Drs. Mehmet Oz and Dr. Mike Roizen
Dr. Mehmet Oz is host of the popular TV show “The Dr. Oz Show.” He is a professor in the Department of Surgery at Columbia University and directs the Cardiovascular Institute and Complementary Medicine Program and New York-Presbyterian Hospital.

Dr. Mike Roizen is chief medical officer at the Cleveland Clinic Wellness Institute, an award-winning author, and has been the doctor to eight Nobel Prize winners and more than 100 Fortune 500 CEOs.

Dr. Mehmet Oz,Dr. Mike Roizen

Tags: stress | cognitive resilience | relationships | dr. oz
OPINION

Pursue a Passion and Live Longer

Dr. Mehmet Oz, M.D. and Dr. Mike Roizen, M.D. By Thursday, 18 April 2024 11:49 AM EDT Current | Bio | Archive

When Cynthia Nixon played American poet Emily Dickinson in the 2016 movie "A Quiet Passion," she portrayed the boundless emotional intensity that Dickinson poured into her art.

Your passions can be just as artful, because they protect your ability to stay healthy and happy in your body and brain.

A recent review of multiple studies, conducted by Norwegian researchers and published in the journal Brain Health, found that when you have an increased passion for something, that increases the amount of physical activity you get, leading to more social interaction and relationships while improving cognitive resilience and your overall well-being.

Those benefits work together to reduce chronic stress, which is one of the most physically and emotionally damaging conditions.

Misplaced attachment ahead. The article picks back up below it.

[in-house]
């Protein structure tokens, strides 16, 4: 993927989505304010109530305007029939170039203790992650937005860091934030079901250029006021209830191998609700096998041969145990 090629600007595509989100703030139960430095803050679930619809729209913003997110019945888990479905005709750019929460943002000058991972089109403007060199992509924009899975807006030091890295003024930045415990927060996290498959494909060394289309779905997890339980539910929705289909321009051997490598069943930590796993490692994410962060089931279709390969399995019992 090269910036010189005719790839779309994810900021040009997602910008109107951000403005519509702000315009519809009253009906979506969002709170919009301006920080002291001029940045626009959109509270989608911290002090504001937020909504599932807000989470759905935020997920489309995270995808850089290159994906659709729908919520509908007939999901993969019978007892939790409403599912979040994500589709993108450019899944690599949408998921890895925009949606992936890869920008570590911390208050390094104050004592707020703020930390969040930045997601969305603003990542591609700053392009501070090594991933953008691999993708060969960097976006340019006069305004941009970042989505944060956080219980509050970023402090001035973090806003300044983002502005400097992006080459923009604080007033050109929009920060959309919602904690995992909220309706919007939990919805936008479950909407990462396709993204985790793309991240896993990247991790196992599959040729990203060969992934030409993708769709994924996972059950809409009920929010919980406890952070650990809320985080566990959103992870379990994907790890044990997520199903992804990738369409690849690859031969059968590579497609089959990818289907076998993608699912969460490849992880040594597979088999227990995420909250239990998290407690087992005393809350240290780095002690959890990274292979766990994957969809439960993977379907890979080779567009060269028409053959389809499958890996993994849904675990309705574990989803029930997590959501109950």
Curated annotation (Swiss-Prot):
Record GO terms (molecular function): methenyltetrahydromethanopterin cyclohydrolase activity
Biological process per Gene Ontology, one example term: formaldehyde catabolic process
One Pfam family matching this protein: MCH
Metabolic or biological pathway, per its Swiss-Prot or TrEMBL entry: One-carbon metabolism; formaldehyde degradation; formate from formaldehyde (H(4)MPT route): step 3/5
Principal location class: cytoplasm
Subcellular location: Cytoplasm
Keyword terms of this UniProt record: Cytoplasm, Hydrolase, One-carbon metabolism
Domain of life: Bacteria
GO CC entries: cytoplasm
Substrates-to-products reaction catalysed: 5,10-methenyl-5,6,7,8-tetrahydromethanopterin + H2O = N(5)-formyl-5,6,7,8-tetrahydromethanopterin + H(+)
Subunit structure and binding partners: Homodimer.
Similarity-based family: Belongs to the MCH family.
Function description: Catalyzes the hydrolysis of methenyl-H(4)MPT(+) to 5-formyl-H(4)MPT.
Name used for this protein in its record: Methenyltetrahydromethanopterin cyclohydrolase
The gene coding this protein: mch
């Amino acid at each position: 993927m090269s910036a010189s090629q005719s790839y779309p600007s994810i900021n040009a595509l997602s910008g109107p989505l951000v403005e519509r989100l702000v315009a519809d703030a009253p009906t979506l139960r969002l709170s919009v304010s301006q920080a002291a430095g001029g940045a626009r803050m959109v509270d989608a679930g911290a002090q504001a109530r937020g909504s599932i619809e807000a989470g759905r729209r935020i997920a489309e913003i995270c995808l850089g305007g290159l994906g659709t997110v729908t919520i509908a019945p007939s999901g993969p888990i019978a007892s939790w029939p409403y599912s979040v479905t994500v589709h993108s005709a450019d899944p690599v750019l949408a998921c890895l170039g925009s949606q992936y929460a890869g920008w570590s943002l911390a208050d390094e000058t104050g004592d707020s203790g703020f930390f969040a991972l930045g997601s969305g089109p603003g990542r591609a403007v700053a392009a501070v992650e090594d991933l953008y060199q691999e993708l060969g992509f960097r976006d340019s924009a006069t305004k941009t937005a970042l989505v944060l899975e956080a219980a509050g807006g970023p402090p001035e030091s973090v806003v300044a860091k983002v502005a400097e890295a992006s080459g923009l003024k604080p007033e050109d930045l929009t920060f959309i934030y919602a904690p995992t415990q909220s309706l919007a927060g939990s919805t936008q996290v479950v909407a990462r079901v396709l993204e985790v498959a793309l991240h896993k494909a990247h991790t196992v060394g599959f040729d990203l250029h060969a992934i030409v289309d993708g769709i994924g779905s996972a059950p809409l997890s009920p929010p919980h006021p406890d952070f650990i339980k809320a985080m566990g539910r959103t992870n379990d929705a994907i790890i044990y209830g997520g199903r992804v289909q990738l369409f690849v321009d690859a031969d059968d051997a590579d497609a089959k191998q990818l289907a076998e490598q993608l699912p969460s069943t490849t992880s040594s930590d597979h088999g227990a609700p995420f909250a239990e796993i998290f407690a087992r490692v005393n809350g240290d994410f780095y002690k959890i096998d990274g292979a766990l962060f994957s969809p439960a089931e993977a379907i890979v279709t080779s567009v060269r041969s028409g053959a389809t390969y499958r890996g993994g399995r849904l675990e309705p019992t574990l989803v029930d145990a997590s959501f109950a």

The research also found that those passion factors work together to help preserve the neural systems in your brain's grey and white matter and protect organ systems from wear and tear.

Do you need help finding your passion? Let yourself dream.

What have you always wanted to try? Experiment with various ideas to see what is the most enthralling pursuit for you.

According to multiple studies, passion's health benefits — which include slower aging — can come from being enthusiastic about almost anything, from exercising to painting, helping others, or bird watching.

© King Features Syndicate


Dr-Oz
Research found that those passion factors work together to help preserve the neural systems in your brain's grey and white matter and protect organ systems from wear and tear.
stress, cognitive resilience, relationships, dr. oz
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2024-49-18
Thursday, 18 April 2024 11:49 AM
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